Political strife pushes back approval for Mexican energy laws
By Dave Graham
MEXICO CITY, June 19 (Reuters) - Political wrangling in Mexico means Congress is unlikely to approve before July legislation to complete an energy overhaul at the center of President Enrique Pena Nieto's economic agenda, lawmakers said on Thursday.
The ruling Institutional Revolutionary Party, or PRI, had hoped to pass in June the so-called secondary laws for a reform that will offer oil production and exploration rights to private companies, ending a state monopoly that dates back to 1938.
Pena Nieto hopes the reform will revive Latin America's no. 2 economy, which has underperformed regional peers for years.
The PRI lacks a majority in Congress and has relied chiefly on support from the center-right opposition National Action Party (PAN) to muster votes for its energy reform.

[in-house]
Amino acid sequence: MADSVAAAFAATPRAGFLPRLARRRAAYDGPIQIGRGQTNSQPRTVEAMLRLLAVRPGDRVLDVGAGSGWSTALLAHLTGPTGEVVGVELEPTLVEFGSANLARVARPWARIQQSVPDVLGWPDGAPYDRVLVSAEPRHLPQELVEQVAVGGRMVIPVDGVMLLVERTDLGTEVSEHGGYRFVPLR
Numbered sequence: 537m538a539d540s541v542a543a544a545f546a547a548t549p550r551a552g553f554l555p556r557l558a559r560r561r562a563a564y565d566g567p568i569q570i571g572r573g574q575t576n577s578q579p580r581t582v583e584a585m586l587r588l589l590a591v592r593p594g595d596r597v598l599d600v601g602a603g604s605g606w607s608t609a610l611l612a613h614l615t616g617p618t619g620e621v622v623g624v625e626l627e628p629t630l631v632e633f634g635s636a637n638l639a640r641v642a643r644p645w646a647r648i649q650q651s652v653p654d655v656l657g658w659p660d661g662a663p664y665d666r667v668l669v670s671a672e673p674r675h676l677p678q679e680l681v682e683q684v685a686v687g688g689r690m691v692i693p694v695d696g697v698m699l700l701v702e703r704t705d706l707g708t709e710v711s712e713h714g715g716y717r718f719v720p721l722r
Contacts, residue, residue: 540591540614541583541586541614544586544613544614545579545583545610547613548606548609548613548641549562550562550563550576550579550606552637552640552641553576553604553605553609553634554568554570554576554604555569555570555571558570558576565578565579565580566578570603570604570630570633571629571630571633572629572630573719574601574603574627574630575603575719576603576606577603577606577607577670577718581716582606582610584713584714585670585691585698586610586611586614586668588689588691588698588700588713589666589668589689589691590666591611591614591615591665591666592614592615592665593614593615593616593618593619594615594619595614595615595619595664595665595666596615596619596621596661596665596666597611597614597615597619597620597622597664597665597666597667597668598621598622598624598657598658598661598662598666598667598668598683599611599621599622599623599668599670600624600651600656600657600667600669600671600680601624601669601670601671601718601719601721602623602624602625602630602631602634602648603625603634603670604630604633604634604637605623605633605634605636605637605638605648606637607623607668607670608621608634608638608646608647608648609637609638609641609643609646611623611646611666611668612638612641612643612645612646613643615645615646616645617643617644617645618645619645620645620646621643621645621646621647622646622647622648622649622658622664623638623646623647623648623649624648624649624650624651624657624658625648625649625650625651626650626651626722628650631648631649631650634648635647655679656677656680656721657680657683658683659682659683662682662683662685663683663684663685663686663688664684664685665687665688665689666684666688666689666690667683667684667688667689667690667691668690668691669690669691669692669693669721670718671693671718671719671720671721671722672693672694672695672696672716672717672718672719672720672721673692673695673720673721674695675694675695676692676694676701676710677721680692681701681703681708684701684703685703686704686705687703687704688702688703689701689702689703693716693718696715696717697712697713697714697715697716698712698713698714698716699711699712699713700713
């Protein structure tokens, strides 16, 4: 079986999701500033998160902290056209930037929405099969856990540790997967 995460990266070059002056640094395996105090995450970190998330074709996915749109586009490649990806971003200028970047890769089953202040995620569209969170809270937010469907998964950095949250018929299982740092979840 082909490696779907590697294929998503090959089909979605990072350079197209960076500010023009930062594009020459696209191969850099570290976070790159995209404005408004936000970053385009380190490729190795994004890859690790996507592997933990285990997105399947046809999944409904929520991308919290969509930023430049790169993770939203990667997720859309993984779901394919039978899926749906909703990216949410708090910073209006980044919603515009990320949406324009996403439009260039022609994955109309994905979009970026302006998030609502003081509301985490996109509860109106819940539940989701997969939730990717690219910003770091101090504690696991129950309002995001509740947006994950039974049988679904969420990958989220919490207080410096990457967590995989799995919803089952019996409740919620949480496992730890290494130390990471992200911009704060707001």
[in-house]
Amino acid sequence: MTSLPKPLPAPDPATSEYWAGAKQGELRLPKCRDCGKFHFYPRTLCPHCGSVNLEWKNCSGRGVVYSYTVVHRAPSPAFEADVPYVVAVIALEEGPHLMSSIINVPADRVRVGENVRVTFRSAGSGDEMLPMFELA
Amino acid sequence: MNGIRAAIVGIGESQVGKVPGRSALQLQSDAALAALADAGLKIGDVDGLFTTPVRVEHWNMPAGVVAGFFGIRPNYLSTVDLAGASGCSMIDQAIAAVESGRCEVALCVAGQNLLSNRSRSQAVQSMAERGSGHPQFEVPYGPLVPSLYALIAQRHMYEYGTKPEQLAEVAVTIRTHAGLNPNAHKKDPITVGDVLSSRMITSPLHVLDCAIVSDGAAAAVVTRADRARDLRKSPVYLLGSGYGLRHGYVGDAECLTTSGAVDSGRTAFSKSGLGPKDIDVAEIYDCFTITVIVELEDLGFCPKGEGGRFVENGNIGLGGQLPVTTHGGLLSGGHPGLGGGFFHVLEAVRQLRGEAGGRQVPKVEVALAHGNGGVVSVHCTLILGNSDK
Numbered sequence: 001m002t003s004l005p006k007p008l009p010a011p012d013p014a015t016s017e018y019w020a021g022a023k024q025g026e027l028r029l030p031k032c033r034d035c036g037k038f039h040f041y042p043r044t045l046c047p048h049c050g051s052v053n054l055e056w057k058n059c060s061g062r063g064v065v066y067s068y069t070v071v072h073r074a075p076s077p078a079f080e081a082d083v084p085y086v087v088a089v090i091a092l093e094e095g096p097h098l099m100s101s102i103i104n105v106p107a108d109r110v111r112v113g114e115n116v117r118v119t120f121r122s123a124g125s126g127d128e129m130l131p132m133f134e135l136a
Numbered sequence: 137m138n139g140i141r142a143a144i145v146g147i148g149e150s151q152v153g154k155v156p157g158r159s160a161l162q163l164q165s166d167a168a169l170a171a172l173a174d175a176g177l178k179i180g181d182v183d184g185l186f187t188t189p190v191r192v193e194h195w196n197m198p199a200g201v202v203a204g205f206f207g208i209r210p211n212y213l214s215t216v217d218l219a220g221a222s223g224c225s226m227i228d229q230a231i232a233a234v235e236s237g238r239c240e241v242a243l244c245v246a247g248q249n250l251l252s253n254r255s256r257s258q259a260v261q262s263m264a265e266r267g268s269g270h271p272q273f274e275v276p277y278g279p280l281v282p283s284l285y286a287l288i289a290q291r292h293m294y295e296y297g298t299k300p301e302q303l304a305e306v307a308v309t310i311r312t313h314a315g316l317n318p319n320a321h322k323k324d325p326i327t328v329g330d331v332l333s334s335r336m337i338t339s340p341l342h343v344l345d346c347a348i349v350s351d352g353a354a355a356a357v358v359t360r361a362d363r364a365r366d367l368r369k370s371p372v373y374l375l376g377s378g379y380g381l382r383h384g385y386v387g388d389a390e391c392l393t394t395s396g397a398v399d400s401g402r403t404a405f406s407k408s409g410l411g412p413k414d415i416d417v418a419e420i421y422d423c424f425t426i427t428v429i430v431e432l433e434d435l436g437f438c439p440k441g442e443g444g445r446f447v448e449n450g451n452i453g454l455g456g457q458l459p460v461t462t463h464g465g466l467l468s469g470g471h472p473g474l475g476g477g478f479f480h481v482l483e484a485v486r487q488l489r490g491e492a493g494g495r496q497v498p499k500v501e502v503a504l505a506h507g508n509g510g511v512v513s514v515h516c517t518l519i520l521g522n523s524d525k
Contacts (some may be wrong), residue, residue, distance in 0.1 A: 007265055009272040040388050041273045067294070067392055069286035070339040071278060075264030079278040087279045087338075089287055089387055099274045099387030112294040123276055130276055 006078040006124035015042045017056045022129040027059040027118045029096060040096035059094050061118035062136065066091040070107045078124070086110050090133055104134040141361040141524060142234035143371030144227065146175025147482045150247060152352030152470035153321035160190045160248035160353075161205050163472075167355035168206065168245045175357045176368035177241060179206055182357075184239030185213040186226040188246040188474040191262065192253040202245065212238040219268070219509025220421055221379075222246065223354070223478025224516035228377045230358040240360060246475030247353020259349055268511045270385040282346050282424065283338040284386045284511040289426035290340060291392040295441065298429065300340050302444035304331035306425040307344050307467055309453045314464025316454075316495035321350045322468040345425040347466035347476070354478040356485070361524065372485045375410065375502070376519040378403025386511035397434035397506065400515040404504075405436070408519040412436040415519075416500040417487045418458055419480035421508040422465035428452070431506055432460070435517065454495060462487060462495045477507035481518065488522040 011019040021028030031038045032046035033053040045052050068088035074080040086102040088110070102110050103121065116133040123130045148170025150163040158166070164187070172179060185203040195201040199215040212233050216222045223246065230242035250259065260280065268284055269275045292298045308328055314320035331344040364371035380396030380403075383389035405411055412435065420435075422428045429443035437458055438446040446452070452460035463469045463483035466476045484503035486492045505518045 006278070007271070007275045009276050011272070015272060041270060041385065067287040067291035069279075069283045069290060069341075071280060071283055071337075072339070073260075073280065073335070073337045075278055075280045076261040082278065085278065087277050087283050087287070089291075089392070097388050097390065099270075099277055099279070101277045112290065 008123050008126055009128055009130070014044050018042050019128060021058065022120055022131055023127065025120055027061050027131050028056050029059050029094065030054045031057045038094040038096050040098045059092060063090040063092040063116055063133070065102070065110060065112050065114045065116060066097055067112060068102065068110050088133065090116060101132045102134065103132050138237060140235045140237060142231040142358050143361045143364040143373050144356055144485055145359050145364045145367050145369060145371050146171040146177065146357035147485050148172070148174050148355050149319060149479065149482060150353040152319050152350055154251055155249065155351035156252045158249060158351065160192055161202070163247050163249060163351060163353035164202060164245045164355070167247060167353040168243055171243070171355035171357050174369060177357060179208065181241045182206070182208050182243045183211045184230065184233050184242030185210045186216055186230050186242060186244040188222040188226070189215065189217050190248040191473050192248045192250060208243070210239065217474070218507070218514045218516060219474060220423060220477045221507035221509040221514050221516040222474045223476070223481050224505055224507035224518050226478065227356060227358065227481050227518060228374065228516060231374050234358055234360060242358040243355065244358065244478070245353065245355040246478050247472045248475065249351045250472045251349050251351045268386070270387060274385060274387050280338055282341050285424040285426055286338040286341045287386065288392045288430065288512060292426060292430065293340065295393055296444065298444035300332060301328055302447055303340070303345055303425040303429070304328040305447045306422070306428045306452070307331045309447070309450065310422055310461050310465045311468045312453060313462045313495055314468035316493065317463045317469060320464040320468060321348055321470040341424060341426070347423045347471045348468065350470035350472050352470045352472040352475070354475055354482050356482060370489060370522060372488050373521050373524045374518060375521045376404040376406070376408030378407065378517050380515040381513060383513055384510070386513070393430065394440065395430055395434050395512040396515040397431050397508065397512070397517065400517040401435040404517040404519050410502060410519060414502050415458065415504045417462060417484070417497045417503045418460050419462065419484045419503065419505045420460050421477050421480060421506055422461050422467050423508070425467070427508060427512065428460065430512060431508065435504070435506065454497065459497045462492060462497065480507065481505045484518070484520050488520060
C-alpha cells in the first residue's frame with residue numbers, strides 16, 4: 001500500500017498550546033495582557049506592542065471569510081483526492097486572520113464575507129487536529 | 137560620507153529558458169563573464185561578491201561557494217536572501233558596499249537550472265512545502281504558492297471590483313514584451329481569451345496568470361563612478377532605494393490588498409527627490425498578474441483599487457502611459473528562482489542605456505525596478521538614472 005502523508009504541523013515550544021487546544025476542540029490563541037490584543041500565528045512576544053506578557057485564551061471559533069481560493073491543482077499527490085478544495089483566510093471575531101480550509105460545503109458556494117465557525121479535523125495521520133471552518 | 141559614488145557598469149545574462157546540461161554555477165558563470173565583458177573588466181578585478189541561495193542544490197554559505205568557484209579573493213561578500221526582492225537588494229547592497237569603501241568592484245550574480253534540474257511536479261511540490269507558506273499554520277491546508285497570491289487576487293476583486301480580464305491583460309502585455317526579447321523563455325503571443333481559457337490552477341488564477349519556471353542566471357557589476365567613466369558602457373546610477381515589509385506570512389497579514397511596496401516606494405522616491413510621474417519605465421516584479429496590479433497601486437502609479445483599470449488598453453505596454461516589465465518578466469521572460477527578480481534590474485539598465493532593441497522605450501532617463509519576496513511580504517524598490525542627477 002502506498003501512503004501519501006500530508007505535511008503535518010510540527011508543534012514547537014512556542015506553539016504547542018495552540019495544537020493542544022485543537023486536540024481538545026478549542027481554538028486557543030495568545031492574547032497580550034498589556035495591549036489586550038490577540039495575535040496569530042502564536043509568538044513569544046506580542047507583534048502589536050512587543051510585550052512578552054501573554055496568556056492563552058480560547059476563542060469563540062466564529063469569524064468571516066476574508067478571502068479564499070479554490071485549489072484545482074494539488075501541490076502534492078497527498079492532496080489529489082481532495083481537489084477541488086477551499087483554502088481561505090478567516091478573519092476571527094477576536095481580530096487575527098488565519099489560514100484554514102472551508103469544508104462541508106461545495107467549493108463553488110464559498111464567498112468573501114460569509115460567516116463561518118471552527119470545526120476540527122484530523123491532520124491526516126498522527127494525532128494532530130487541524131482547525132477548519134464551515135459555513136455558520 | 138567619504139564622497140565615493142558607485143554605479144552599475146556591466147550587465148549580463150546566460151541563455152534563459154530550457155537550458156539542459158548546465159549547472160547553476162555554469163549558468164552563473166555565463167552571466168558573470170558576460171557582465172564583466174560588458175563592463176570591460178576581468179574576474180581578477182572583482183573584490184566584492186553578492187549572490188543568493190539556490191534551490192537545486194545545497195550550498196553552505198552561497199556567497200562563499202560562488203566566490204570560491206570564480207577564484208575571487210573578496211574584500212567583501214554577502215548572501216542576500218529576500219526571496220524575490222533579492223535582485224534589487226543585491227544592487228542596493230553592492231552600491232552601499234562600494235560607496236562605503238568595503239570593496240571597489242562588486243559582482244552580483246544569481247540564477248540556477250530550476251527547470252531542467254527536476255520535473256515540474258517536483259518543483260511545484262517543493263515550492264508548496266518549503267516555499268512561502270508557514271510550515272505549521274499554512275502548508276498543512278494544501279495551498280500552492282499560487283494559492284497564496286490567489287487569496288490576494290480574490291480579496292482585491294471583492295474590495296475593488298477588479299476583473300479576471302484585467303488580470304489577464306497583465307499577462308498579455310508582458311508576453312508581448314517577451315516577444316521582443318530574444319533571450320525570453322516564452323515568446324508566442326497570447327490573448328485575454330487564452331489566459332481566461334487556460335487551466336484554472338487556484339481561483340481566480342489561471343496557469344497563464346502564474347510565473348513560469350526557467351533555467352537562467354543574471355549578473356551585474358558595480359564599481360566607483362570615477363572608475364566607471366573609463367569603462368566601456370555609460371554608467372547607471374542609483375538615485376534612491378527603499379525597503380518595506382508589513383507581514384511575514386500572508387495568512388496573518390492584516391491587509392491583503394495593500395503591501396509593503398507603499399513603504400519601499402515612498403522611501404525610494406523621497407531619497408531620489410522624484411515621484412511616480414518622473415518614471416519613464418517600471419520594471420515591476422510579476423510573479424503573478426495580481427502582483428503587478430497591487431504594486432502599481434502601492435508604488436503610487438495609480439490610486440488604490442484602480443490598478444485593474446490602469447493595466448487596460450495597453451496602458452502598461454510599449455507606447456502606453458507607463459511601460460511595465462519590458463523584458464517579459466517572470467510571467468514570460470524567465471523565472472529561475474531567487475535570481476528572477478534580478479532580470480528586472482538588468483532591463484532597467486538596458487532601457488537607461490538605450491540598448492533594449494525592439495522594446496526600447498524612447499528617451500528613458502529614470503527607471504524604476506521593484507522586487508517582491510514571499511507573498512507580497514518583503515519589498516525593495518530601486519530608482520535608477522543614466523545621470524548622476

Wary of public opposition to the reform, however, Pena Nieto has also tried to keep the main center-left opposition Party of the Democratic Revolution (PRD) at the negotiating table, which has become an awkward balancing act for the government.
The energy laws have been a bargaining chip for the opposition, and both PRD and PAN lawmakers have staged walkouts from talks over the reform in the last few days to apply pressure on other ongoing political discussions in Congress.
As a result, both PRI and PAN lawmakers say approving the secondary laws, which set out details of how the new energy regime will work, no longer looks feasible in June.
"With the legislative set-up as it stands, we hope the energy reform will be finalized in the first few days of July. That's the impression we all have," said Ernesto Gandara, a PRI senator on the energy committee in the upper house of Congress. Continuación...